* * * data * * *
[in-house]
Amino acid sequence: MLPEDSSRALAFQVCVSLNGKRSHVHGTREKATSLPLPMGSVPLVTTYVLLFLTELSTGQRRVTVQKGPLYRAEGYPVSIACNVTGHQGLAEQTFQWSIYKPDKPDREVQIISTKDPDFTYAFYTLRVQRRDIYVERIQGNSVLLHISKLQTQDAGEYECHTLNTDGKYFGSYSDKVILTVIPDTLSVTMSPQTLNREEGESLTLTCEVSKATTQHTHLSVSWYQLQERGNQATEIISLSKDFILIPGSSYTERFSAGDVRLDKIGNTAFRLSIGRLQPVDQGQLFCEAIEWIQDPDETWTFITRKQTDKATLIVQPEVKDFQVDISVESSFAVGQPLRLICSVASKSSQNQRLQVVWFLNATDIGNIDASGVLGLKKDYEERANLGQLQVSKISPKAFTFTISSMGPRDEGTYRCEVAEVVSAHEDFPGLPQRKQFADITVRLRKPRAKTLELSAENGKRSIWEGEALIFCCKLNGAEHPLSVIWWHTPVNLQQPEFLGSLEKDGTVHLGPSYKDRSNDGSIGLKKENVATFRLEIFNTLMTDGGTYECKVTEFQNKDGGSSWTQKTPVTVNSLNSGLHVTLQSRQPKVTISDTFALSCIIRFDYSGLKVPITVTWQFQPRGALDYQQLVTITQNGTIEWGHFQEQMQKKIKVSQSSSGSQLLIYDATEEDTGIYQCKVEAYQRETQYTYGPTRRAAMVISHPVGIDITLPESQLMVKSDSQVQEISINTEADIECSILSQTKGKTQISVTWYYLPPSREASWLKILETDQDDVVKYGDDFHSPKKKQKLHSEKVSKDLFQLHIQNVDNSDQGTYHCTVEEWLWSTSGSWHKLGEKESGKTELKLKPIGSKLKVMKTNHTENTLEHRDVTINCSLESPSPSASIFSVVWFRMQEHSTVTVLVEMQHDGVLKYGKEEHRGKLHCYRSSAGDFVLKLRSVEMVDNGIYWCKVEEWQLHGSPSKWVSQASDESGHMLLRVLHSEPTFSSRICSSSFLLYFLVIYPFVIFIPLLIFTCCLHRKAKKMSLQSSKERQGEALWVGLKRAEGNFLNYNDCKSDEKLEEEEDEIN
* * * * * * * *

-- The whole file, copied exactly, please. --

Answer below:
[in-house]
Amino acid sequence: MLPEDSSRALAFQVCVSLNGKRSHVHGTREKATSLPLPMGSVPLVTTYVLLFLTELSTGQRRVTVQKGPLYRAEGYPVSIACNVTGHQGLAEQTFQWSIYKPDKPDREVQIISTKDPDFTYAFYTLRVQRRDIYVERIQGNSVLLHISKLQTQDAGEYECHTLNTDGKYFGSYSDKVILTVIPDTLSVTMSPQTLNREEGESLTLTCEVSKATTQHTHLSVSWYQLQERGNQATEIISLSKDFILIPGSSYTERFSAGDVRLDKIGNTAFRLSIGRLQPVDQGQLFCEAIEWIQDPDETWTFITRKQTDKATLIVQPEVKDFQVDISVESSFAVGQPLRLICSVASKSSQNQRLQVVWFLNATDIGNIDASGVLGLKKDYEERANLGQLQVSKISPKAFTFTISSMGPRDEGTYRCEVAEVVSAHEDFPGLPQRKQFADITVRLRKPRAKTLELSAENGKRSIWEGEALIFCCKLNGAEHPLSVIWWHTPVNLQQPEFLGSLEKDGTVHLGPSYKDRSNDGSIGLKKENVATFRLEIFNTLMTDGGTYECKVTEFQNKDGGSSWTQKTPVTVNSLNSGLHVTLQSRQPKVTISDTFALSCIIRFDYSGLKVPITVTWQFQPRGALDYQQLVTITQNGTIEWGHFQEQMQKKIKVSQSSSGSQLLIYDATEEDTGIYQCKVEAYQRETQYTYGPTRRAAMVISHPVGIDITLPESQLMVKSDSQVQEISINTEADIECSILSQTKGKTQISVTWYYLPPSREASWLKILETDQDDVVKYGDDFHSPKKKQKLHSEKVSKDLFQLHIQNVDNSDQGTYHCTVEEWLWSTSGSWHKLGEKESGKTELKLKPIGSKLKVMKTNHTENTLEHRDVTINCSLESPSPSASIFSVVWFRMQEHSTVTVLVEMQHDGVLKYGKEEHRGKLHCYRSSAGDFVLKLRSVEMVDNGIYWCKVEEWQLHGSPSKWVSQASDESGHMLLRVLHSEPTFSSRICSSSFLLYFLVIYPFVIFIPLLIFTCCLHRKAKKMSLQSSKERQGEALWVGLKRAEGNFLNYNDCKSDEKLEEEEDEIN